THREE STATE organisations are set to examine ‘every detail’ of an investment scam – including those who ran it and all those who put cash into it, we have learned this evening.
Last week donegaldaily.com revealed how the Garda Fraud Squad had raided several premises in Donegal as part of a probe into what they believe was an investment scam – a Ponzi scheme were scamsters pocket most of the cash.
This afternoon we were told that three different agencies plan to probe ‘every single aspect’ of the scheme.
Gardai, the Criminal Assets Burean and the Revenue investigators want to know where vast sums of cash came from to invest in the scheme in the first place.
Then they want to know what the foreign national behind the scam did with the cash.
It is a complicated international web of deceit; linked to eastern European mafia figures and scams in the North, England, France and Germany.
One frightened source told us today: “Anyone who touched this scheme as a salesperson or as a so-called investor could be in trouble. There are a lot of frightened people in the county tonight.”
One of those we spoke to earlier today just wants to get his money back. He has invested a large five figure sum in the scheme and has revealed that a promised refund due yesterday was not forthcoming.
And that is the fourth time the scheduled re-payment has been postponed.
“I’m at my wits end,” admitted the Donegal man.
“This is all the money I have in the world and if I don’t get it back, I am ruined. I was supposed to get the money back on four different occasions and they (those running the scheme) keep postponing.
“I don’t even want a return on the cash; I just want my money back.
“It all looked so professional. I was given a receipt and had a photocopy of the cheque stapled to that.”
Donegaldaily.com understands that one investor is waiting for more than €1M. He is also still waiting.
The latest revelations relate to an exclusive donegaldaily.com investigation into a mult-million euro scam headed by a convicted criminal and sold on to dozens of people throughout the county and in the North by a number of well-known Donegal people who may not have known they were being conned.
Investors were asked to put money into a scheme which has now been exposed as a so-called Ponzi scam. Investors at the bottom rarely get their money back, although in this case one of the sales people has told one of our contacts that everyone will get their cash.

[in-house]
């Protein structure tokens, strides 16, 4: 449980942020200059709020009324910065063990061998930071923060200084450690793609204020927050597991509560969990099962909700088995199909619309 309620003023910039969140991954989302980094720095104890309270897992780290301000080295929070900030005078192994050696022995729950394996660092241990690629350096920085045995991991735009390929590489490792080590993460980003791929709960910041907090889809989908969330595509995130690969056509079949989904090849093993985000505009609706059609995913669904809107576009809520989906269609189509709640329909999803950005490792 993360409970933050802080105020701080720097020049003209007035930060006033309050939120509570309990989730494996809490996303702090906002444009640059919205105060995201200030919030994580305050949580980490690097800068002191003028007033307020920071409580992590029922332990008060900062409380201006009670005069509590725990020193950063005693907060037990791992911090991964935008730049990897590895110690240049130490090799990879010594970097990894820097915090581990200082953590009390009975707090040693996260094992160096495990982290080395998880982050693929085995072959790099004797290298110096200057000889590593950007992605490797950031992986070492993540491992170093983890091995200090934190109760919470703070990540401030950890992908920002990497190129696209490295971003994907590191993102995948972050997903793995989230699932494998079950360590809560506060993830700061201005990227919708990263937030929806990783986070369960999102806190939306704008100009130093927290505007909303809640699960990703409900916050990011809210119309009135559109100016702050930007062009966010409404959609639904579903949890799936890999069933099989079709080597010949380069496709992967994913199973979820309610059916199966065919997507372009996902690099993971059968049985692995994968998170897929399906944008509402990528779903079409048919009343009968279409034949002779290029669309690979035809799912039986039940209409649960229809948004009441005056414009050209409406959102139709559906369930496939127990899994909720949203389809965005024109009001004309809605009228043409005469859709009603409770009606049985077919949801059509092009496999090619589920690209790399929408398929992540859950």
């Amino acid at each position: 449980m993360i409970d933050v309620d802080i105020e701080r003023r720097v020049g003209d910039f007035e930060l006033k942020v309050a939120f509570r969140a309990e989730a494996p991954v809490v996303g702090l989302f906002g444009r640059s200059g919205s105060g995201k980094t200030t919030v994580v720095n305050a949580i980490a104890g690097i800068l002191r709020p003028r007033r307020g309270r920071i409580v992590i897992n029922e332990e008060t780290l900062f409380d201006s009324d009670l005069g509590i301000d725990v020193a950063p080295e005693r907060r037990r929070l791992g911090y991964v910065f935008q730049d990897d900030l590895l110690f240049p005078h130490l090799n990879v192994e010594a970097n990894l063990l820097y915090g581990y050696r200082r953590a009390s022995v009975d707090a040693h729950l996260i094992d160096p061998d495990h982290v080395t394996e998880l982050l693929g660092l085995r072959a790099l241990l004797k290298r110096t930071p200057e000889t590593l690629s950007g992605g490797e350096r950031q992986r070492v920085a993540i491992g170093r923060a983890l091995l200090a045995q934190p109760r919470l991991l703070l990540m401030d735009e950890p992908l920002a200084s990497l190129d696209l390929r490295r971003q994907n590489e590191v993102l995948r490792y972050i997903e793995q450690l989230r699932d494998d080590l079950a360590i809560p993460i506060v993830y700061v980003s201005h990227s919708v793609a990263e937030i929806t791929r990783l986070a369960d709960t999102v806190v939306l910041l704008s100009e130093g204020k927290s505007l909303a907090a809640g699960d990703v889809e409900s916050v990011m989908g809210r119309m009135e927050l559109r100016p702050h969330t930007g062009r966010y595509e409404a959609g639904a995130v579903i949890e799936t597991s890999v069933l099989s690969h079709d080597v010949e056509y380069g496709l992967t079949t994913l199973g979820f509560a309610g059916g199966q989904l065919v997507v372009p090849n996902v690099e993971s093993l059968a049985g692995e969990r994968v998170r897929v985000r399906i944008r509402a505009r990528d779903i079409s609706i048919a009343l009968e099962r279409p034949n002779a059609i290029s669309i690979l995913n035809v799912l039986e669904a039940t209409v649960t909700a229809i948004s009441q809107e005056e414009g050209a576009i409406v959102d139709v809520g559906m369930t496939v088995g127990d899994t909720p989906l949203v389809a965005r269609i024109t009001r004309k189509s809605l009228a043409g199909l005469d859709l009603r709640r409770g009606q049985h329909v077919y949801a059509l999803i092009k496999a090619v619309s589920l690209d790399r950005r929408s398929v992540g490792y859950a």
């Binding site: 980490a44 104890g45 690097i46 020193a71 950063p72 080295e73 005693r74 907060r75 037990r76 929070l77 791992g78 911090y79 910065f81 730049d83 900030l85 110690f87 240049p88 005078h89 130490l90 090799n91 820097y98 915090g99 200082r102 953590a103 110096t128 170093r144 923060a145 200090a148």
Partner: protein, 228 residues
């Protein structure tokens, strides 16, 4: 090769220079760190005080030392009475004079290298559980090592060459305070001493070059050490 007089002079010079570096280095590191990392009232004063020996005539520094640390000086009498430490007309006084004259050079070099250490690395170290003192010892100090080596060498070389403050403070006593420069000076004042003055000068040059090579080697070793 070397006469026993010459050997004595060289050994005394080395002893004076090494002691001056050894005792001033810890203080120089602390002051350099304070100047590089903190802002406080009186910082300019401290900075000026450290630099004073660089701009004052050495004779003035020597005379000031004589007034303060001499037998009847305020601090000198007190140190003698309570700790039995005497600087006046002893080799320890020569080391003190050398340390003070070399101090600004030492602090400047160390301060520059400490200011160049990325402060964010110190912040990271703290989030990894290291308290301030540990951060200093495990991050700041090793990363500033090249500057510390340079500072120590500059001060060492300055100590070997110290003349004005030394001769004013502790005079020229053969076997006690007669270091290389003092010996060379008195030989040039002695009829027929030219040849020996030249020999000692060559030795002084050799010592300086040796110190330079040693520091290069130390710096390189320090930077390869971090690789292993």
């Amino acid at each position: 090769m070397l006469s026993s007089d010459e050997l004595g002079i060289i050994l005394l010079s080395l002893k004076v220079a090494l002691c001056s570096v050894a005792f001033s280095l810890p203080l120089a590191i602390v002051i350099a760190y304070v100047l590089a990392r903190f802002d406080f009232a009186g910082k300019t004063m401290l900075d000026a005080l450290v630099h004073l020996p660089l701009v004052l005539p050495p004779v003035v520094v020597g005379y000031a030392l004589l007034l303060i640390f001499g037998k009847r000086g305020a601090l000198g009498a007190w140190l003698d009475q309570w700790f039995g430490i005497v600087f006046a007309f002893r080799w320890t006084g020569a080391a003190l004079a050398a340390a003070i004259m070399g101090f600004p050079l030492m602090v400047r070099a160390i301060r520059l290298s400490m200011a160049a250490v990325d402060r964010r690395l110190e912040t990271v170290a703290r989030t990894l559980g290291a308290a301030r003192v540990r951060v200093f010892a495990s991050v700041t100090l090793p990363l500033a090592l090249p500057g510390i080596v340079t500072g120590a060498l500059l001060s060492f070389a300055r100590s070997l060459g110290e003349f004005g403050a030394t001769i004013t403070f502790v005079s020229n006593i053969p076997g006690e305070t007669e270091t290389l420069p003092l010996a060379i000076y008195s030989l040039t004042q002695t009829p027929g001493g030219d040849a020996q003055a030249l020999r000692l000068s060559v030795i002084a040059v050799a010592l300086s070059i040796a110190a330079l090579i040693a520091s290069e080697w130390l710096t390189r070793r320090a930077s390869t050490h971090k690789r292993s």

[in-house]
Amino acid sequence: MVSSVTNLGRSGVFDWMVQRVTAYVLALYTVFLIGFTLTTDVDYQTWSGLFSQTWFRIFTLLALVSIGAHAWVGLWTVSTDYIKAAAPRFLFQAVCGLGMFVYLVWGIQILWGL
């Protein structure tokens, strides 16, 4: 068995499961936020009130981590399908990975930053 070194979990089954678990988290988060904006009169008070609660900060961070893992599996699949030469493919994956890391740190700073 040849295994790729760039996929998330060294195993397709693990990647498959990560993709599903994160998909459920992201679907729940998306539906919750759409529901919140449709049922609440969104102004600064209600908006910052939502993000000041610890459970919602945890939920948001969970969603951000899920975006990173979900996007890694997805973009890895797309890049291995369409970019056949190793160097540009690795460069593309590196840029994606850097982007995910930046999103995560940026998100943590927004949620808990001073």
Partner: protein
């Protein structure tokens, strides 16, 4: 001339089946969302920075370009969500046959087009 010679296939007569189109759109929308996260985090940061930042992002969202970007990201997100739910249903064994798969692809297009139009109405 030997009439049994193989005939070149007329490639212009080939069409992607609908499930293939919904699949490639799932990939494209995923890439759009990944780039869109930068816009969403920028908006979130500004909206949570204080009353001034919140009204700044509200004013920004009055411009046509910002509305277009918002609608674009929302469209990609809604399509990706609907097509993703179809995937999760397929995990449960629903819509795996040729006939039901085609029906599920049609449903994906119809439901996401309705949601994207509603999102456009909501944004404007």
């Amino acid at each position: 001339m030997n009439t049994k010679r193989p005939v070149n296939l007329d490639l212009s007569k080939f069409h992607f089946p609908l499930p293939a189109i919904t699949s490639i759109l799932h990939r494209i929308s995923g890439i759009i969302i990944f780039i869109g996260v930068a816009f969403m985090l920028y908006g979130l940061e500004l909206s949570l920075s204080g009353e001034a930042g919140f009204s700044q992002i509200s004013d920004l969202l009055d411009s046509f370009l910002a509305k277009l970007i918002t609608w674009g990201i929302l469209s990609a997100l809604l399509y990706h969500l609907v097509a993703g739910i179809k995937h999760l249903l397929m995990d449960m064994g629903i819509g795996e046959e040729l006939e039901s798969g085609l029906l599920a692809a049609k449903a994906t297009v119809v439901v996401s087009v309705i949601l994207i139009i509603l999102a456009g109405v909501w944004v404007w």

One businessman said he also advised several friends to get out of the scheme after he checked a legitimate business that did invest in buying and selling liquidated stock and companies.
It is similar to a scheme run by notorious American Bernard Madoff who stole billions of dollars from investors. His son committed suicide last weekend.
Yesterday another Donegal businessman offered a chance to join the get-rich-quick scheme revealed that he had turned it down because he said ‘it was too good to be true’.
The businessman from the south of the county has told donegaldaily.com that he also advised other clients that the scheme was a scam – there were no proper documents and it was not regulated by the financial authorities.
A Revenue source told us: “We believe a lot of this money that was invested wasn’t clean money and hadn’t even been declared before it was invested. There are a number of major investigations.
“Frankly some of this money appears to have come out of nowhere and there are some cases which will end up with the Criminal Assets Bureau.”
The so-called Ponzi Scheme is a fraudulent operation that paid returns to separate investors from their own money or money paid by subsequent investors, rather than from any actual profit earned.
The Ponzi scheme usually entices new investors by offering returns other investments cannot guarantee, in the form of short-term returns that are either abnormally high or unusually consistent.
The Donegal scheme involved the scamsters telling investors that they could get between 10% and 40% on their cash investments in just TWO MONTHS.
The elaborate ‘get rich quick’ con involved false claims that people were investing in a company approved by Lloyds of London and Deloittes which bought liquidated stock, which was then sold at huge profit. Neither company was actually involved.
One investor was told that the company had bought four luxury Bentley cars for just €10k each and re-sold them to wealthy Arabs for ten times that figure. No such transactions ever took place. The cars didn’t exist.
Another investor told us that he was told the money was used to buy cheap airline tickets in bulk which were then sold off at huge profit.
Anyone with information that can help detectives is asked to call the Garda Bureau of Fraud Investigation on Dublin 01 666 3766.
* YOU CAN SEND US INFORMATION ON THE SCAM IN CONFIDENCE TO INFO@DONEGALDAILY.COM. WE NEVER REVEAL OUR SOURCES.